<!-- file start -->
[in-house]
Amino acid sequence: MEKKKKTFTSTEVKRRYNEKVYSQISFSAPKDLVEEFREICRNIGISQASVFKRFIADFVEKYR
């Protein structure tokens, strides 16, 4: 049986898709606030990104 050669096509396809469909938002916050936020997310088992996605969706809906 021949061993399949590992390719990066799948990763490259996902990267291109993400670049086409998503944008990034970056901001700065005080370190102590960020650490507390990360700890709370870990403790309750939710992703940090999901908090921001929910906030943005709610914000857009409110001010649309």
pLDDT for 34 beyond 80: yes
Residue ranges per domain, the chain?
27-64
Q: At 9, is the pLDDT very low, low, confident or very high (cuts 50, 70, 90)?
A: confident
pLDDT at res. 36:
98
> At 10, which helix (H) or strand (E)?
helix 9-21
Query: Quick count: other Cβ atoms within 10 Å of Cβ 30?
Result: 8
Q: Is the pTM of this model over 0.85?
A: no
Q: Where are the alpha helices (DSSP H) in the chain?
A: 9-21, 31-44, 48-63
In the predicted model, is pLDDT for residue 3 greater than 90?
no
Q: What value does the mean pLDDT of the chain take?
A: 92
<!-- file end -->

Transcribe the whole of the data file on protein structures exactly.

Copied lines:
[in-house]
Amino acid sequence: MEKKKKTFTSTEVKRRYNEKVYSQISFSAPKDLVEEFREICRNIGISQASVFKRFIADFVEKYR
């Protein structure tokens, strides 16, 4: 049986898709606030990104 050669096509396809469909938002916050936020997310088992996605969706809906 021949061993399949590992390719990066799948990763490259996902990267291109993400670049086409998503944008990034970056901001700065005080370190102590960020650490507390990360700890709370870990403790309750939710992703940090999901908090921001929910906030943005709610914000857009409110001010649309």
pLDDT for 34 beyond 80: yes
Residue ranges per domain, the chain?
27-64
Q: At 9, is the pLDDT very low, low, confident or very high (cuts 50, 70, 90)?
A: confident
pLDDT at res. 36:
98
> At 10, which helix (H) or strand (E)?
helix 9-21
Query: Quick count: other Cβ atoms within 10 Å of Cβ 30?
Result: 8
Q: Is the pTM of this model over 0.85?
A: no
Q: Where are the alpha helices (DSSP H) in the chain?
A: 9-21, 31-44, 48-63
In the predicted model, is pLDDT for residue 3 greater than 90?
no
Q: What value does the mean pLDDT of the chain take?
A: 92